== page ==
Wang JN et al. reported that METTL3 expression was elevated in renal tubules from different AKI models as well as in human biopsied and cultured tubular epithelial cells (TECs) (41). The researchers evaluated the specific function of METTL3 in HK2 cells in response to inflammatory stimuli. The results showed that silencing METTL3 attenuated renal inflammation and programmed cell death in TECs in response to TNF-α (tumor necrosis factor-α), cisplatin and LPS (lipopolysaccharide) stimulation, whereas METTL3 overexpression had the opposite effect. Conditional knockout of METTL3 in mouse kidneys attenuated cisplatin and ischemia/reperfusion (I/R)-induced renal dysfunction, injury and inflammation. This experiment reveals the mechanism of action by which genetic and pharmacological inhibition of METTL3 attenuates TAB3 m6A modification through an IGF2BP2-dependent mechanism, thereby reducing renal injury and inflammation, suggesting the METTL3/TAB3 axis as a potential target for the treatment of AKI.
3.3 m6A methylation and immune cells in sepsis
Neutrophils are the primary components of innate immune response and also the main population of leukocytes in peripheral blood, functioning as important innate defense cells of the host against invading pathogens. During the bacterial attack, a large number of neutrophils are mobilized and released from the bone marrow into the peripheral circulation and migrate to the infection site at a very early stage (42). The rapid and effective migration and aggregation of neutrophils at the site of infection are essential for the innate defense against bacteria and the subsequent regression of inflammation (Figure 1). The migration and function of neutrophils can be realized by extracellular signals such as chemokines and cytokines, and also by the intrinsic elements of neutrophils including chemokine receptors, cytoskeleton proteins, intracellular signal transduction modes, and cell metabolism (43). As the first line of the innate immune response, once the migration of neutrophils is impaired due to the imbalance of the above processes, the host cannot initiate effective innate defense against bacterial infection in a timely manner, resulting in failure of bacterial clearance, systemic inflammation, and even sepsis. On the other hand, bacterial infection may hijack the migration of neutrophils to escape the innate defense of the host, leading to persistent infection and unresolved inflammation (44). Therefore, the identification of new intracellular molecules that essentially determine the migration ability of neutrophils can not only enhance the innate defense against bacteria in the early stage of infection but also appropriately induce inflammatory resolution to avoid tissue damage after the removal of invading bacteria. ALKBH5 deficiency increases the mortality of mice with polybacterial sepsis induced by cecal ligation and perforation (CLP), and ALKBH5-deficient CLP mice exhibit higher bacterial load and more pro-inflammatory cytokines in the peritoneal and blood due to reduced neutrophil migration (45). ALKBH5-deficient neutrophils have lower C-X-C motif chemokine receptor 2 (CXCR2) expression and thus exhibit impaired migration to C-X-C motif chemokine ligand 2 (CXCL2). ALKBH5-mediated m6A demethylation targets neutrophil migration-related molecules by altering RNA decay to enhance the migration ability of neutrophils, such as increasing the expressions of neutrophil migration-promoting CXCR2 and NLR family pyrin domain containing 12 (NLRP12), but decreasing the expressions of neutrophil migration-suppressive prostaglandin E receptor 4 (PTGER4), tenascin-C (TNC), and with-no-lysine kinase 1 (WNK1) (46).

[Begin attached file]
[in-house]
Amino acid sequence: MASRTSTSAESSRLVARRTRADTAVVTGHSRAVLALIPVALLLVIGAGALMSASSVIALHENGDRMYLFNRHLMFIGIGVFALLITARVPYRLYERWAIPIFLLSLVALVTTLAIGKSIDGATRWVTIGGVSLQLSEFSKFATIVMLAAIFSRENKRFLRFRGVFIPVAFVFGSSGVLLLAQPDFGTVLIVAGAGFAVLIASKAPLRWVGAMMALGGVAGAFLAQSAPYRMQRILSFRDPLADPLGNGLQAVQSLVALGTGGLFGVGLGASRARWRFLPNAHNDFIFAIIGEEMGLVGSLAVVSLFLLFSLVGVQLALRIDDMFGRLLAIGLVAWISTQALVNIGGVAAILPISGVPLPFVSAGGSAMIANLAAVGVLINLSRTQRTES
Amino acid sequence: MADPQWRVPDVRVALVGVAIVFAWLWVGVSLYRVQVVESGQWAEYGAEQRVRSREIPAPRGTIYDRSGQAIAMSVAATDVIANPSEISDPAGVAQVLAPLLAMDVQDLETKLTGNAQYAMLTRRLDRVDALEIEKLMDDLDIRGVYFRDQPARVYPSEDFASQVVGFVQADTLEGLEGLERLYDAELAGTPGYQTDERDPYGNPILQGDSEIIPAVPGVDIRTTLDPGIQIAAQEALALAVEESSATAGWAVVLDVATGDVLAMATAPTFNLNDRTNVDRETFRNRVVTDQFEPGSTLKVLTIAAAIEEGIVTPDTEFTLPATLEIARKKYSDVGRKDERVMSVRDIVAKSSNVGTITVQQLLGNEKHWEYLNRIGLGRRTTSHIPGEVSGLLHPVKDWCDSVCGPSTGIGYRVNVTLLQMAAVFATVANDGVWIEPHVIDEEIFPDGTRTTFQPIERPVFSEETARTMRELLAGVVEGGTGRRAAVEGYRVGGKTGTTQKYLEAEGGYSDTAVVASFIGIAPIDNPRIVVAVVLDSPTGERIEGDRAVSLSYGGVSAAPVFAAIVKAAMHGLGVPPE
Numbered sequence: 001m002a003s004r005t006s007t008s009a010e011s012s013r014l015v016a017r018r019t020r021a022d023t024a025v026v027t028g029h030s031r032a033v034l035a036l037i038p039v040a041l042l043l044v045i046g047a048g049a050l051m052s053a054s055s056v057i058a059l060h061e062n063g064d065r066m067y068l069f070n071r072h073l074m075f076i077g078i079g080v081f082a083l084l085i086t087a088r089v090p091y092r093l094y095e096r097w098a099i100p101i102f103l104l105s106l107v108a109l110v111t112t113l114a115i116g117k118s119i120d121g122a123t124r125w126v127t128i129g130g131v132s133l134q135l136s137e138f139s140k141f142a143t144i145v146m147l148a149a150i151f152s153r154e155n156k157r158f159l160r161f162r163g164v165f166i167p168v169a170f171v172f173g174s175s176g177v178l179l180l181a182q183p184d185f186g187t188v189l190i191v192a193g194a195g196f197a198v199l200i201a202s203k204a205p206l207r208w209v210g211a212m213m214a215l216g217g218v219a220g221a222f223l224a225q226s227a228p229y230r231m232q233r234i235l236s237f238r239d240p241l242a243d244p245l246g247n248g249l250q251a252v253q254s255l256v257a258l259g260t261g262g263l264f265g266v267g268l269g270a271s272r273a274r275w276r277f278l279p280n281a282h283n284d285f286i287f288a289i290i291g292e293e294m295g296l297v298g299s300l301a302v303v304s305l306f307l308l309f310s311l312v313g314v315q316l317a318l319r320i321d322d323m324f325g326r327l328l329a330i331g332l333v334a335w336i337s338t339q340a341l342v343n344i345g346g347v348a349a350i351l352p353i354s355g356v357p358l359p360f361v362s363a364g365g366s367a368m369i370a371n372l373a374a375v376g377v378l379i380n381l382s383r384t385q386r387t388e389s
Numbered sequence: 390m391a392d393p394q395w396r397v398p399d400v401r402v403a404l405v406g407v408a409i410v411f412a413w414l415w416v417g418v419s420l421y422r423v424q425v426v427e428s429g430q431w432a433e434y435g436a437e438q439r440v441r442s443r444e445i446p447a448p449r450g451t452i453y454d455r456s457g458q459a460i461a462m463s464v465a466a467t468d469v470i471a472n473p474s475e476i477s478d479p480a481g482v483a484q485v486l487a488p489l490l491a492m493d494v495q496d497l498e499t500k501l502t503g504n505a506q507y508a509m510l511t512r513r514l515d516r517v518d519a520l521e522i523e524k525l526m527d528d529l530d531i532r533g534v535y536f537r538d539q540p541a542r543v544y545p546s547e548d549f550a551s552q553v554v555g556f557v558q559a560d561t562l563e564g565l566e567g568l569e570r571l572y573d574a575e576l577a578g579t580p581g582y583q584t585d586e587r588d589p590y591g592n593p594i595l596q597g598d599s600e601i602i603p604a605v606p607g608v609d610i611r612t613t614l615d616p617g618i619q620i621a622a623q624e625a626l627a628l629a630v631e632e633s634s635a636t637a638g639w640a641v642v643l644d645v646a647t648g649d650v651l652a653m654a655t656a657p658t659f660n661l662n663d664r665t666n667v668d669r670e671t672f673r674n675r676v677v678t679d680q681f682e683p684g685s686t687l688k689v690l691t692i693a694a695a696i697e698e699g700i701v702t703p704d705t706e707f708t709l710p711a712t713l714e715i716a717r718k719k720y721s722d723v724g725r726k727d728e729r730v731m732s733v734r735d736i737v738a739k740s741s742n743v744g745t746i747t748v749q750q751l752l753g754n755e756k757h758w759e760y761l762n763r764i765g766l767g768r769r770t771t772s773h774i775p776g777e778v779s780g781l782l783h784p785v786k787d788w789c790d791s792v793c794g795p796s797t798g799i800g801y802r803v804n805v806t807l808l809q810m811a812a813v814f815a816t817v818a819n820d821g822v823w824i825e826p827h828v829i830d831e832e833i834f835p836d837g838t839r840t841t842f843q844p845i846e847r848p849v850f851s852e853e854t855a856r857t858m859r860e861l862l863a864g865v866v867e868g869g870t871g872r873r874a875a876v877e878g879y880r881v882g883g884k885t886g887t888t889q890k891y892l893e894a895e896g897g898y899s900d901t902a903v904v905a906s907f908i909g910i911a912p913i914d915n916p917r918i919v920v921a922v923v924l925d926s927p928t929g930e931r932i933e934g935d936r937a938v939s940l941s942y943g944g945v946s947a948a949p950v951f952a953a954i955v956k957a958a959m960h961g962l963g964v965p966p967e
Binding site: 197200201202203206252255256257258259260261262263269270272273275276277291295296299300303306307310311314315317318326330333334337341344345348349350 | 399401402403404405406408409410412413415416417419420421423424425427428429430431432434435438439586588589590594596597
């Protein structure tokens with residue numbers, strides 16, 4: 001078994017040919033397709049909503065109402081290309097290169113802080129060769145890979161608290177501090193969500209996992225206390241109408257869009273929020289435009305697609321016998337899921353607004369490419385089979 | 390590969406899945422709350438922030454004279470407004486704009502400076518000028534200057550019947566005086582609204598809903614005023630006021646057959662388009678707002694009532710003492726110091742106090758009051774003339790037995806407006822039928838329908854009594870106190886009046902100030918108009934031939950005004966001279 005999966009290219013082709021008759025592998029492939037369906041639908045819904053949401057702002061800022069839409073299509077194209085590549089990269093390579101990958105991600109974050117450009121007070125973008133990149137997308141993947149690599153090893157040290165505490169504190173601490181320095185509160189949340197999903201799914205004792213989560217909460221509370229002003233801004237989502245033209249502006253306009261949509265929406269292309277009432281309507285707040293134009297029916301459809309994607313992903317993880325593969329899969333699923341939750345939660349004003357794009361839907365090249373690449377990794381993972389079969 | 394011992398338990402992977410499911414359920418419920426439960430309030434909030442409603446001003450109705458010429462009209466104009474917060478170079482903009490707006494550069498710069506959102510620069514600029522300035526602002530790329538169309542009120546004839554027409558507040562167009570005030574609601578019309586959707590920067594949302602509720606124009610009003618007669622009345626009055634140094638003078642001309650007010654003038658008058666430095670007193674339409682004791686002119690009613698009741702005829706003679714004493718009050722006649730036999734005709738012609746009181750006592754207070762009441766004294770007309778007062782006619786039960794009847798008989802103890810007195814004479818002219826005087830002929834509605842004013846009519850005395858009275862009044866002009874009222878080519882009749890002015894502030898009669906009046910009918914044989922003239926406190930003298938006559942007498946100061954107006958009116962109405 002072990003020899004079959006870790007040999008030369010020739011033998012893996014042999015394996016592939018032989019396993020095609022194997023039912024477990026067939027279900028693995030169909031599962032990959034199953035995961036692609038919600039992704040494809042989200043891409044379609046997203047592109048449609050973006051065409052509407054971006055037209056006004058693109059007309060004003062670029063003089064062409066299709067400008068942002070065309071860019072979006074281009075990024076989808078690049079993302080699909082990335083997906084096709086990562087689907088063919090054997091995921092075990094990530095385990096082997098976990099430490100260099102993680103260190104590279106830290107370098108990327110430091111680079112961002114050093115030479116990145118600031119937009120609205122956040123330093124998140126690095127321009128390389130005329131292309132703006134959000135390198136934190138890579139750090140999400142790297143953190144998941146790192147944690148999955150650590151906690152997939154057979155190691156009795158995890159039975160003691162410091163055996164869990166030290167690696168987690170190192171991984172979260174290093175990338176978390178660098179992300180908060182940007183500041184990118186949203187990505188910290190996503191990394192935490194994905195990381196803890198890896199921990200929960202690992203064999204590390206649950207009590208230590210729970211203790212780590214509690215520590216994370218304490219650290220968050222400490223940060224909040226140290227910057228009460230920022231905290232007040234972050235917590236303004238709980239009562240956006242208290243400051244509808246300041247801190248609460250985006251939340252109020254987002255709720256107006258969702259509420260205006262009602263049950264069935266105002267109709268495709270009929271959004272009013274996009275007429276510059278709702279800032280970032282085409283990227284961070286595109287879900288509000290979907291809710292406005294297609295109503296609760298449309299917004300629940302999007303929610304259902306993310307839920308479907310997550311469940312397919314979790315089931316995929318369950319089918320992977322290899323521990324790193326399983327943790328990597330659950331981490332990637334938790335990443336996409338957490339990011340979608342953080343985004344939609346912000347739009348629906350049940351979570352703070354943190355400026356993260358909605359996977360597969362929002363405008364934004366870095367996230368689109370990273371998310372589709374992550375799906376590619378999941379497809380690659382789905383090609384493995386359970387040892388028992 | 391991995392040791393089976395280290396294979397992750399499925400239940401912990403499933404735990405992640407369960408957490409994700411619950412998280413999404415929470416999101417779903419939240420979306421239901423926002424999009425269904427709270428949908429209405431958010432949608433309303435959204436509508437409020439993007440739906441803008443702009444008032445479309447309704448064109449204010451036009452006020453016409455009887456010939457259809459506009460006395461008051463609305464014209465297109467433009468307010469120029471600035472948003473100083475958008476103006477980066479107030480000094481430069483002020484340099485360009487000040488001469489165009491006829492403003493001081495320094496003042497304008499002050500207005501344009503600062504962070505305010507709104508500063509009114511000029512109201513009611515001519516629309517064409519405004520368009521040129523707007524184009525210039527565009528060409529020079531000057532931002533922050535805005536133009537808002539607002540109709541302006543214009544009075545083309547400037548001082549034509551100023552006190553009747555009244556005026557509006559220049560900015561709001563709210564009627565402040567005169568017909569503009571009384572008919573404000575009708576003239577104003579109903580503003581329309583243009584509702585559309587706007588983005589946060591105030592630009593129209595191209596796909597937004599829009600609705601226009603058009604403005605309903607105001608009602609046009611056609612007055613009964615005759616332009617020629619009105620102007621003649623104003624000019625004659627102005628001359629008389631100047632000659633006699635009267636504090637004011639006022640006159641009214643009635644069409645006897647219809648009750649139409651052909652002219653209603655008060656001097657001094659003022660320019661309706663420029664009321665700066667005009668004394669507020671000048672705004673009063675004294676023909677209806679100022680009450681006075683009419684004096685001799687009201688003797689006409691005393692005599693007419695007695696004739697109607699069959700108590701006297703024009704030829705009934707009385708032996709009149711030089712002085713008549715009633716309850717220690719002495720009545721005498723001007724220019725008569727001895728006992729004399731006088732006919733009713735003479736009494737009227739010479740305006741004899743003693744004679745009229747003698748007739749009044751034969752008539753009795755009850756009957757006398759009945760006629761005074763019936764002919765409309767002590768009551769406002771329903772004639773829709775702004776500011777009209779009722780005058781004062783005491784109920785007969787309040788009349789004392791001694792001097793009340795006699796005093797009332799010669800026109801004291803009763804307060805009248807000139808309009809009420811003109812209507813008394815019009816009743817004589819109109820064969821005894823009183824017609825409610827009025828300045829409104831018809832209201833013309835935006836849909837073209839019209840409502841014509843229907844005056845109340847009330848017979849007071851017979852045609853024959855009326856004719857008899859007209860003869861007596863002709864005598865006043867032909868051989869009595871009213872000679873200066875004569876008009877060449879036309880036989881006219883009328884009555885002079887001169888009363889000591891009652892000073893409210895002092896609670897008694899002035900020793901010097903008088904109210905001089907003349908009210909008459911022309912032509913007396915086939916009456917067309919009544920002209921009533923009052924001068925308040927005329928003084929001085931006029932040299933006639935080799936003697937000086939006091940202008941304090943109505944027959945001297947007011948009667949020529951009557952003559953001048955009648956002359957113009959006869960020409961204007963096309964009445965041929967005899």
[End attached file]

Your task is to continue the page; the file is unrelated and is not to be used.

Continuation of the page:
Xuetao Cao’s group at Peking Union Medical College reported that ALKBH5-mediated m6A demethylation enabled neutrophils to have high migratory capacity by altering RNA decay, thereby regulating the protein expression of their targets, neutrophil migration-related molecules, including increased neutrophil migration promoting CXCR2 and NLRP12 expression, but decreased neutrophil expression migration inhibiting PTGER4, TNC and WNK1 (47). In conclusion, the results of this study reveal an unknown role for ALKBH5 in imprinting neutrophil migration-promoting transcriptome features and intrinsically promoting neutrophil migration for antimicrobial defense, highlighting the potential application of targeting neutrophil m6A modifications in the control of bacterial infections.